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Commissioner Roger Goodell re-issues bounty discipline
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NEW ORLEANS — NFL Commissioner Roger Goodell upheld the suspensions of Jonathan Vilma and Will Smith on Tuesday for their role in the New Orleans Saints bounty scandal and reduced penalties for Scott Fujita and Anthony Hargrove.
Hargrove, a free agent defensive lineman, will face a two-game suspension once he signs with a team. He originally was hit with eight games, but that was reduced to seven with five games already served. Fujita, who plays for Cleveland, will now miss only one game instead of three.
The players were implicated in what the NFL said was a bounty pool run by former Saints defensive coordinator Gregg Williams and paid improper cash bonuses for hits that injured opponents. The players have acknowledged a pool but denied they intended to injure anyone.
Goodell’s new ruling comes about a month after an appeal panel created by the NFL’s labor agreement vacated the original suspensions on technical grounds during Week 1 of the regular season and informed Goodell that he needed to clarify the reasons for the punishment. The panel asked Goodell to clarify to extent to which his ruling involved conduct detrimental to the league, which he has the sole authority to handle, and salary cap violations resulting from bonus payments, which would have to be ruled upon by an arbitrator other than the commissioner.
The players can further delay their suspensions by appealing again through their labor contract. They could also ask a federal judge in New Orleans to revisit their earlier request for an injunction blocking the suspensions.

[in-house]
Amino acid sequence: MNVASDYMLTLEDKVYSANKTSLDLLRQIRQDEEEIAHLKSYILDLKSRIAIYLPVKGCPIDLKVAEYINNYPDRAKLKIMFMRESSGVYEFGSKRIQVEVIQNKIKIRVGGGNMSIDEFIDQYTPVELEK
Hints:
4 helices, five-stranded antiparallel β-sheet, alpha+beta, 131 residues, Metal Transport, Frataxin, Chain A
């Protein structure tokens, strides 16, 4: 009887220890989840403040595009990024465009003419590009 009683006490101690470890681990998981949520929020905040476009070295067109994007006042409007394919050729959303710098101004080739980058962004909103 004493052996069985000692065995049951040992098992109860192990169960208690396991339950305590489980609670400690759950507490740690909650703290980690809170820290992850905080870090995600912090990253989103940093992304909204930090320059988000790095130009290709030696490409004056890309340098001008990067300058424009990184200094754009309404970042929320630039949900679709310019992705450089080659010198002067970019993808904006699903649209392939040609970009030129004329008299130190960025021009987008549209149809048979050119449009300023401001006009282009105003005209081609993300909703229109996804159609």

“The quality, specificity and scope of the evidence supporting the findings of conduct detrimental are far greater and more extensive than ordinarily available in such cases,” Goodell said in a memorandum to the 32 clubs.
“In my recent meetings with the players and their counsel, the players addressed the allegations and had an opportunity to tell their side of the story,” Goodell wrote. “In those meetings, the players confirmed many of the key facts disclosed in our investigation, most particularly that the program offered cash rewards for ‘cart-offs,’ that players were encouraged to ‘crank up the John Deere tractor’ and have their opponents carted off the field, and that rewards were offered and paid for plays that resulted in opposing players having to leave the field of play.”
The NFLPA remained critical of Goodell’s decision to punish the players and the process by which he reached his decisions.
“For more than six months, the NFL has ignored the facts, abused the process outlined in our collective bargaining agreement and failed to produce evidence that the players intended to injure anyone, ever,” the said in a written statement. “The only evidence that exists is the League’s gross violation of fair due process, transparency and impartiality during this process. Truth and fairness have been the casualties of the league’s refusal to admit that it might have made a mistake.”
The players initially declined to meet with Goodell before he made his initial disciplinary rulings in early May or during the first appeal process that lasted until the first week of the regular season.
Goodell began to reconsider his disciplinary actions after the Sept. 7 appeal panel ruling and this time all four players agreed to meet with him. During those meetings the NFL produced sworn declarations by Williams and another former defensive assistant, Mike Cerullo, in which they stated that they observed Vilma offering what they believed were $10,000 rewards for knocking then-Arizona quarterback Kurt Warner and then-Minnesota quarterback Brett Favre out of 2009-10 playoff games.
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